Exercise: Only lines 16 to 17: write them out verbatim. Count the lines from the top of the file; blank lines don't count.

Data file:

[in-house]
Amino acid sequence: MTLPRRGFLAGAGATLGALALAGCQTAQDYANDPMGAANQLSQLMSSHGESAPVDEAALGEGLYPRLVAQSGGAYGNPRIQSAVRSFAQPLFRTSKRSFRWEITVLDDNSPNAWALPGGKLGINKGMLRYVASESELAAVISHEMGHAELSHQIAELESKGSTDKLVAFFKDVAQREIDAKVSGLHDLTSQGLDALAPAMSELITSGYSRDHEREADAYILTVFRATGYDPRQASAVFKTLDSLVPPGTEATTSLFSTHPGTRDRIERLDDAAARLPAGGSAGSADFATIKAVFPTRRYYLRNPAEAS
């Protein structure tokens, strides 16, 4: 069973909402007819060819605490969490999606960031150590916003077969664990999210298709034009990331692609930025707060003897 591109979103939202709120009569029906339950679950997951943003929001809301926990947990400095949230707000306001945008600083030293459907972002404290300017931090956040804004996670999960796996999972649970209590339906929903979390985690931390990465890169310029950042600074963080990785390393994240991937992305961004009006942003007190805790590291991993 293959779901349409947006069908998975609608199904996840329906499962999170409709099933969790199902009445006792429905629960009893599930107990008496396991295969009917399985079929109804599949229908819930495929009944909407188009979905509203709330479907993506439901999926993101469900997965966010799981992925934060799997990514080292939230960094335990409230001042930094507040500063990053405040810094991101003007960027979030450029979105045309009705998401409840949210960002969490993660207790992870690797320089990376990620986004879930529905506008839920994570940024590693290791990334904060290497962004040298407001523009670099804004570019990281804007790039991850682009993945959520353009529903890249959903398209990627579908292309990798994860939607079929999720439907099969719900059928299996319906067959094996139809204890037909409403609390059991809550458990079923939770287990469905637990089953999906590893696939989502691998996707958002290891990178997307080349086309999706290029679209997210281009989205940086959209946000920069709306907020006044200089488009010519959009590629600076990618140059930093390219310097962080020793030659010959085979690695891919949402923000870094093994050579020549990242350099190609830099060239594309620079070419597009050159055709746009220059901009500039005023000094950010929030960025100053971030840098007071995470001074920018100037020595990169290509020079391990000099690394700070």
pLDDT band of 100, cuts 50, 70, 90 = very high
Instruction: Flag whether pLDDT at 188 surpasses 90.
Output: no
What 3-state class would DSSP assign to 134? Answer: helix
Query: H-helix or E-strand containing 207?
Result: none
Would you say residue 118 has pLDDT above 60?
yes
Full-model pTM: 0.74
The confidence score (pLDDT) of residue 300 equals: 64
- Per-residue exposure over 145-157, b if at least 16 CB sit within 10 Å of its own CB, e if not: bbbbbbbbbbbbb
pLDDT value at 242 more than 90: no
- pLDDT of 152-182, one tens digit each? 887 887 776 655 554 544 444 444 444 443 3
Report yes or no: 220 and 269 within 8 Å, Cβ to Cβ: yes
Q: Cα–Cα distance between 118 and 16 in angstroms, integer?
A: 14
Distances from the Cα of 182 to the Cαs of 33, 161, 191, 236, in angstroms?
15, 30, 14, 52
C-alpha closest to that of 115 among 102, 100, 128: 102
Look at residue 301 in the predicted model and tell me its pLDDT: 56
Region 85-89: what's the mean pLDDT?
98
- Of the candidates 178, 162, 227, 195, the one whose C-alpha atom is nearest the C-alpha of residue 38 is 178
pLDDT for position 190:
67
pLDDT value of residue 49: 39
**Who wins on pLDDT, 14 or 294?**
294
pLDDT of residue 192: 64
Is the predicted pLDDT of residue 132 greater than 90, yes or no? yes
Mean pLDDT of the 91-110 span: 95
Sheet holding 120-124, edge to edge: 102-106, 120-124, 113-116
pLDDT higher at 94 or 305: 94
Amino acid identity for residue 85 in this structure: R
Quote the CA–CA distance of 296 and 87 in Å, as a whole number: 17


- pLDDT of 152-182, one tens digit each? 887 887 776 655 554 544 444 444 444 443 3
Report yes or no: 220 and 269 within 8 Å, Cβ to Cβ: yes